The Existence of a “Moral Law” We All Live By
Why believe in an all-powerful Creator?
All human beings, whether they admit or not, live by an innately understood “Moral Law”. We usually refer to this as our conscience, and when we are about to do something wrong that violates our conscience, we refrain. Not only that, if we see someone else doing something we feel wrong, we normally let them know about it – “you shouldn’t do that!”. In like manner, when we – or someone we observe does something admirable, we applaud them: “Well done”, we say.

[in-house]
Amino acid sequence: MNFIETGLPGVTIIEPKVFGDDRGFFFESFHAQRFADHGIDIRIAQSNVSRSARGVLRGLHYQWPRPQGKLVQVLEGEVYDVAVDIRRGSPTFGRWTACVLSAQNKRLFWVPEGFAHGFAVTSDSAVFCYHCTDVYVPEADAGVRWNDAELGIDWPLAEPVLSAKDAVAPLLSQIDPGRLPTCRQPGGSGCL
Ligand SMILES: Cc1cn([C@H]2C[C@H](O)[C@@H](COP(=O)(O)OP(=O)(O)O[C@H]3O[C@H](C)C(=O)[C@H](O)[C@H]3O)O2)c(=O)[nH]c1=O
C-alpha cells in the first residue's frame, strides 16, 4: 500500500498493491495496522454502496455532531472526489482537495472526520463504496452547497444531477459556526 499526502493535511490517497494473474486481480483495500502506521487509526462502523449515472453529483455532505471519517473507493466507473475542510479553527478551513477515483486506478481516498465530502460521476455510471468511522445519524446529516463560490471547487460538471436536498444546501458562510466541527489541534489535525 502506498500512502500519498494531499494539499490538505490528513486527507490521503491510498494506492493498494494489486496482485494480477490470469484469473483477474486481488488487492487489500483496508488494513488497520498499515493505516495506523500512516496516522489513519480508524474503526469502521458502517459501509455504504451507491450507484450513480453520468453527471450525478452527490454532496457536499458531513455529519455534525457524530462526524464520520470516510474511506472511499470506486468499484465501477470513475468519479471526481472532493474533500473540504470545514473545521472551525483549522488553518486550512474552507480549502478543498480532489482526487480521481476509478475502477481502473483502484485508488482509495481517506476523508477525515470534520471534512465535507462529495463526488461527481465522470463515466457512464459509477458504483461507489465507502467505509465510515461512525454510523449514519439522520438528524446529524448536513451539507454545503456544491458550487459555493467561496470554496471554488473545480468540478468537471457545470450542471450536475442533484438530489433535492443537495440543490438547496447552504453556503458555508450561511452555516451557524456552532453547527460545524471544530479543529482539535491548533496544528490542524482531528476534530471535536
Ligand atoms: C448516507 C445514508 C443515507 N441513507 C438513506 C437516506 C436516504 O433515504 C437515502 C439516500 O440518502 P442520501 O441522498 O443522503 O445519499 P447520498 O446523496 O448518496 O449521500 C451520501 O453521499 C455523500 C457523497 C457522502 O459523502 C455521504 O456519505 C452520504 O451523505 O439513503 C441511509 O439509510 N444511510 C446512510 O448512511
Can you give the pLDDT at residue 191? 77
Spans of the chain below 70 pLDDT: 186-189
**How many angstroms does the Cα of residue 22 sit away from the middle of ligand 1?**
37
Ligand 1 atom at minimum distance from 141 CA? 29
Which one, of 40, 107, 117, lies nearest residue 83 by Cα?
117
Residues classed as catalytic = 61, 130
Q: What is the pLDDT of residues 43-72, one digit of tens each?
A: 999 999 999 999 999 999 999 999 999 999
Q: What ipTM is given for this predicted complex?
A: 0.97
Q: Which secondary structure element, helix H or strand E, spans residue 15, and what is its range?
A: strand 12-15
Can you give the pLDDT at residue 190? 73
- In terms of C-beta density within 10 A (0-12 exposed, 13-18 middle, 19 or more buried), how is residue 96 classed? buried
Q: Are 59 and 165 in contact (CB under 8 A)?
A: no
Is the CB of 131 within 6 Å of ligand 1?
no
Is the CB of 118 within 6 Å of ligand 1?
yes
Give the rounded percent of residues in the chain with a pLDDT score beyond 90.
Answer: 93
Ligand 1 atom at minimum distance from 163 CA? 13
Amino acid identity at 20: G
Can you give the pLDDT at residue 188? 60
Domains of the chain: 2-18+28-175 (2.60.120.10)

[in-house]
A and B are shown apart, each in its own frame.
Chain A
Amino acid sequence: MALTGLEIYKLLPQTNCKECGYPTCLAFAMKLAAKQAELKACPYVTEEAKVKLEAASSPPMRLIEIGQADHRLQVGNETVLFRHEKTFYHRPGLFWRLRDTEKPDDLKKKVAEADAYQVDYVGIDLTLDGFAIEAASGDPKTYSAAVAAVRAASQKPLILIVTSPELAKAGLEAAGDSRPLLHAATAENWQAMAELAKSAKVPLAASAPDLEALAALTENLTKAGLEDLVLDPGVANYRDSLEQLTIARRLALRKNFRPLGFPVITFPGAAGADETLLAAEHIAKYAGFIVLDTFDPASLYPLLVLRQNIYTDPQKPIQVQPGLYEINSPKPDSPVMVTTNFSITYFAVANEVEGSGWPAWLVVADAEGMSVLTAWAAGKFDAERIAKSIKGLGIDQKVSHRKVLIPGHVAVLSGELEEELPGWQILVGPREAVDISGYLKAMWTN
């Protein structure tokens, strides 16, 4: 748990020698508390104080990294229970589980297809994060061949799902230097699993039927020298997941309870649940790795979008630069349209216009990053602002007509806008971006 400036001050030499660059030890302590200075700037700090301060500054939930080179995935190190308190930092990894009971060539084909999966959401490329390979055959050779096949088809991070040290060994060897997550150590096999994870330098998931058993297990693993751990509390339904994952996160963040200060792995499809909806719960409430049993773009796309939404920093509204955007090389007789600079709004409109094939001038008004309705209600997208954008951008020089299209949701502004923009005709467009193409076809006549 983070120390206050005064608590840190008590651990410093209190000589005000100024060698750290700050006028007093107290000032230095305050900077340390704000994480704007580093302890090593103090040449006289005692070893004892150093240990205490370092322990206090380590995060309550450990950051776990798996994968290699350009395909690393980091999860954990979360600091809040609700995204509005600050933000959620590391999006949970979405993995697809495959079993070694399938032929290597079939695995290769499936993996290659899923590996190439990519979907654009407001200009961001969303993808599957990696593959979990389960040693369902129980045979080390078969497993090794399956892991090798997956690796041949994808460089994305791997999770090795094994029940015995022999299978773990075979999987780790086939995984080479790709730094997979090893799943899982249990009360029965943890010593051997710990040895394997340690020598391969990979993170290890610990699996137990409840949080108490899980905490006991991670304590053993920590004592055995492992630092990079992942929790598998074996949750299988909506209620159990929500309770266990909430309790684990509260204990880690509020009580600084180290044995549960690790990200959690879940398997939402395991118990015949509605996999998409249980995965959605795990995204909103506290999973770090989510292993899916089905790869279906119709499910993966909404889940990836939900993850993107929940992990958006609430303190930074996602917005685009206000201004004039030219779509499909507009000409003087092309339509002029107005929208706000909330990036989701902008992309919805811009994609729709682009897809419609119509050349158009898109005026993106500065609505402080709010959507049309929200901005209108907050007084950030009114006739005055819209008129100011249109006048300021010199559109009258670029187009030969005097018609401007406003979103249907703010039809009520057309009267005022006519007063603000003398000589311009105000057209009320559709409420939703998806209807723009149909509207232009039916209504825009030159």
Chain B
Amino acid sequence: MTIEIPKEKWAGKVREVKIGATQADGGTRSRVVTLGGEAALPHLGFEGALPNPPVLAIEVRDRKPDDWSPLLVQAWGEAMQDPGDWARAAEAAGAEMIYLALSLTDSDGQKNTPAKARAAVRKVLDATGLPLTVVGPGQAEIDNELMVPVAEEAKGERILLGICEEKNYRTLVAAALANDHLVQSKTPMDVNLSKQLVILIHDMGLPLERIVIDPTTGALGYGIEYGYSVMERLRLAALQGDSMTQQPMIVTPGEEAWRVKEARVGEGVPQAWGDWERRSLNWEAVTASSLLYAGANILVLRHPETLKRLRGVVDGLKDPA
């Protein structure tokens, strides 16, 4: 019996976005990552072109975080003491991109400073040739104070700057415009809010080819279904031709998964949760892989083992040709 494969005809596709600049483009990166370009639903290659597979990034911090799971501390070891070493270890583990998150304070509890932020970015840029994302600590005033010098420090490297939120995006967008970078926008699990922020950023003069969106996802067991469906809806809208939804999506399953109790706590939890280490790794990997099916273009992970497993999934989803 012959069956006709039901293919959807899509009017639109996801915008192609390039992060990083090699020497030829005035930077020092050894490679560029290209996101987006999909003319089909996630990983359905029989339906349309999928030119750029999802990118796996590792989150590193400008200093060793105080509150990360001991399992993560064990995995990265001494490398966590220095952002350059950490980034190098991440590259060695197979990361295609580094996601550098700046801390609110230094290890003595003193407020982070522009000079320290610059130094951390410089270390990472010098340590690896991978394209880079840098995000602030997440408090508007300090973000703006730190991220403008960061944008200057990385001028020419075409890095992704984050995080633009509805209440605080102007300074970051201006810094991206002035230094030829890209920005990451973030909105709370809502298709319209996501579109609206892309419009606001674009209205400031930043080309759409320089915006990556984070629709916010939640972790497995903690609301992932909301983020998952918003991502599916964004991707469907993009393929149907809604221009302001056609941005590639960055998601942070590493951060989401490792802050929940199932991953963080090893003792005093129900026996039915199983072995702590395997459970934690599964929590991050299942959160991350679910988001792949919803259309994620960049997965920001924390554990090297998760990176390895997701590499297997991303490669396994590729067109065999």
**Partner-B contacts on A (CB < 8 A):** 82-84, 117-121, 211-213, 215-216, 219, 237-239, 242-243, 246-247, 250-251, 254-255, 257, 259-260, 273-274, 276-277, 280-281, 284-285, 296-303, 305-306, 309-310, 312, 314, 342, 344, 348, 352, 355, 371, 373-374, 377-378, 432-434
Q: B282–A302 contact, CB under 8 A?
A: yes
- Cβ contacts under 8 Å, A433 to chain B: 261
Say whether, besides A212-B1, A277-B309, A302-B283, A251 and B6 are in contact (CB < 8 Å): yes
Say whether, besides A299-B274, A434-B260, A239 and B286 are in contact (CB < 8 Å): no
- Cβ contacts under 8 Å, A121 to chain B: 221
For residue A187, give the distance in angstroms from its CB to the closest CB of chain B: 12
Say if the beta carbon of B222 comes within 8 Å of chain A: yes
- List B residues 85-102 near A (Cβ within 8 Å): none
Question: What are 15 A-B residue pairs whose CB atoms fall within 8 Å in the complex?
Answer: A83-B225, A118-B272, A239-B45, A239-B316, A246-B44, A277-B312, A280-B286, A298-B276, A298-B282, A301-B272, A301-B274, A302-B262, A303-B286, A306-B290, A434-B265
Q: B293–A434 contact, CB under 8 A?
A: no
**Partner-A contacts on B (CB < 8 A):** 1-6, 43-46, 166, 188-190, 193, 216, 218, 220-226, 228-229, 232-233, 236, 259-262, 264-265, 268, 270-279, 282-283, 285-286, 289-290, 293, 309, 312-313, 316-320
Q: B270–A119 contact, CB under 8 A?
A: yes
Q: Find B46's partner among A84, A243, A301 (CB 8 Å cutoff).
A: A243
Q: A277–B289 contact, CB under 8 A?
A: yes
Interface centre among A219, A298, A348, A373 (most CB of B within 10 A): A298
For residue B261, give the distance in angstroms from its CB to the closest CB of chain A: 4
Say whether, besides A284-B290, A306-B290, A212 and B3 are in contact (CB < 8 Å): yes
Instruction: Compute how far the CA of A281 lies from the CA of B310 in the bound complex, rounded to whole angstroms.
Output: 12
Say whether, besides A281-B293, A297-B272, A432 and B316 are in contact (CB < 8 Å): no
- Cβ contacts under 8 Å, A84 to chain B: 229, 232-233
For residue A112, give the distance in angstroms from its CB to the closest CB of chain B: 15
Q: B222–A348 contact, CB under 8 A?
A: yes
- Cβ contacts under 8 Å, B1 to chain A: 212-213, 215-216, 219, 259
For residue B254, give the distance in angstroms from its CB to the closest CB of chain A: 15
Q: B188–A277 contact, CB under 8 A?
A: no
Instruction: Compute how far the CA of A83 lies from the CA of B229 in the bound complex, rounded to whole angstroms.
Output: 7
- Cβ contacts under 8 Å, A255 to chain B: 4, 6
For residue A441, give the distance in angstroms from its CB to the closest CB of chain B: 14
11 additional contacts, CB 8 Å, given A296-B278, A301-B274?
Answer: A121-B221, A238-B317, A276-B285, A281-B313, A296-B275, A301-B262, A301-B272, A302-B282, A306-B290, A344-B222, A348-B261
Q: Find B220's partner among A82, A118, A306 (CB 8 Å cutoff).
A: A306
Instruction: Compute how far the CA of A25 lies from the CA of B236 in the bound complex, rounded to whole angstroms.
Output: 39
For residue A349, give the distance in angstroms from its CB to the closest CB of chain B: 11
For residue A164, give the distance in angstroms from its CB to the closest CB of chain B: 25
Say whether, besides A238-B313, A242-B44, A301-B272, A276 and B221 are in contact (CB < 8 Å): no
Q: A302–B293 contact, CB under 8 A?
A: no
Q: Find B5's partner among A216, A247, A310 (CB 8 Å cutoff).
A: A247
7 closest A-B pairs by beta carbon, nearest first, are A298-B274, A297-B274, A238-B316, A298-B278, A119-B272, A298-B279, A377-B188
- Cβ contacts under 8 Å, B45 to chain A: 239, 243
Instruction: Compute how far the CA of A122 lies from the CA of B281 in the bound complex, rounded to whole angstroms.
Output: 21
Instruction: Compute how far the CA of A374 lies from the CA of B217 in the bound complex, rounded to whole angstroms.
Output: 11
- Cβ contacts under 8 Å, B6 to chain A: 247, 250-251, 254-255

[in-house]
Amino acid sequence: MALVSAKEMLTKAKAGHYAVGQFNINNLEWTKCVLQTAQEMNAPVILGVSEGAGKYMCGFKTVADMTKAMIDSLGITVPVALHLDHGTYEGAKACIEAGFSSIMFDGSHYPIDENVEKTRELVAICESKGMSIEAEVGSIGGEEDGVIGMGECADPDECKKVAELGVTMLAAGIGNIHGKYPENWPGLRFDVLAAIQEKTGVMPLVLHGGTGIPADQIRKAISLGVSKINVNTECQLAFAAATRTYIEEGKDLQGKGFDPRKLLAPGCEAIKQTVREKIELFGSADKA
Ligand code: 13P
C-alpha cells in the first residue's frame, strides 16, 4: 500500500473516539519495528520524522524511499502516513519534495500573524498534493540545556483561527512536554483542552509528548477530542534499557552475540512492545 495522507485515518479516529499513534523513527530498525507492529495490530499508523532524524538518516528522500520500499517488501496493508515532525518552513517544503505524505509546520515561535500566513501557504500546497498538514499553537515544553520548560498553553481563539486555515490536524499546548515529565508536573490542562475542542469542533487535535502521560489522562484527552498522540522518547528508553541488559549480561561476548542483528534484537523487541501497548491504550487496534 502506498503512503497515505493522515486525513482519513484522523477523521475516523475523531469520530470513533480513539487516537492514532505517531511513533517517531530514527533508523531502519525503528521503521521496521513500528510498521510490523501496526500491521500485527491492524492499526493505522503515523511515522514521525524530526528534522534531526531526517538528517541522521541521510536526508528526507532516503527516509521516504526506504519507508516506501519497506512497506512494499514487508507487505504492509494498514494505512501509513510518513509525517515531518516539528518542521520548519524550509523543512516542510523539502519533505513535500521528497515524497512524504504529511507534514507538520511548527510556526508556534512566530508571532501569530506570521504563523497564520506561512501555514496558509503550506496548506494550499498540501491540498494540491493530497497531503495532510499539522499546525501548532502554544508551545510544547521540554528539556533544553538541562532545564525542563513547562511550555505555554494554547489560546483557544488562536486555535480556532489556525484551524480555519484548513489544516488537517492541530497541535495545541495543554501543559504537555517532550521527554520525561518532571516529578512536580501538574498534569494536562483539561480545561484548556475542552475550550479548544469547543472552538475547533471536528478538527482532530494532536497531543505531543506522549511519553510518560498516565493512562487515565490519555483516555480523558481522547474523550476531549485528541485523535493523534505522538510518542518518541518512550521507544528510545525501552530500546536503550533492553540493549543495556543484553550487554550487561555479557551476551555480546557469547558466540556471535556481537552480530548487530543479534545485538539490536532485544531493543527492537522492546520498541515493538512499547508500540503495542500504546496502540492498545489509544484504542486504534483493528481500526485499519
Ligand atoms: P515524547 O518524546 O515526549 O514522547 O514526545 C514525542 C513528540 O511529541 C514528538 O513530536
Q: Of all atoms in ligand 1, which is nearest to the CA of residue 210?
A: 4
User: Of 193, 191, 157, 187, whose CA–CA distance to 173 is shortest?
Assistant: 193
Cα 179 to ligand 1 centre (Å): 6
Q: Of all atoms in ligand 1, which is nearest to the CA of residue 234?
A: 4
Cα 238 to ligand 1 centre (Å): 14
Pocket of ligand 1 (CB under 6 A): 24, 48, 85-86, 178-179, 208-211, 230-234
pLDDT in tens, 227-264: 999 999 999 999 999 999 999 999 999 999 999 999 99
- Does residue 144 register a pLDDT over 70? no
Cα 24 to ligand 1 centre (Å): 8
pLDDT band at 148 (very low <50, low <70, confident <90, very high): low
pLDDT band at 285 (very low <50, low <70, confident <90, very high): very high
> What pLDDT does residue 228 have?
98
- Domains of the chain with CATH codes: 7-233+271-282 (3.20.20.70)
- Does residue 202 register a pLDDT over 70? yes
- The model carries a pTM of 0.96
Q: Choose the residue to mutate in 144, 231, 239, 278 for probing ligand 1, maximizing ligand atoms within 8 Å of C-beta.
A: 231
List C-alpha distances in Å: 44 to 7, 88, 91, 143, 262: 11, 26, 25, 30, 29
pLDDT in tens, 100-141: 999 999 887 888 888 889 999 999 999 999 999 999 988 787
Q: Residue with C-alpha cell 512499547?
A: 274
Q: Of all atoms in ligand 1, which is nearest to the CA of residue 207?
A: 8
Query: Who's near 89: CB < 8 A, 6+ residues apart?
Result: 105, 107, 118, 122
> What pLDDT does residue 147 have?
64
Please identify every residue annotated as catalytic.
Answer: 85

But where did we get this sense of “right and wrong” to judge our actions, or the actions of others by? We are acting in accord with “standards” that are external to us – “moral measuring rods”, if you like.
In his book Mere Christianity, C. S. Lewis argued that “conscience reveals to us a moral law whose source cannot be found in the natural world, thus pointing to a supernatural Lawgiver.” Lewis argued that accepting the validity of human reason as a given must include accepting the validity of practical reason, which could not be valid without reference to a higher cosmic moral order which could not exist without a God to create and/or establish it. (Wikipedia).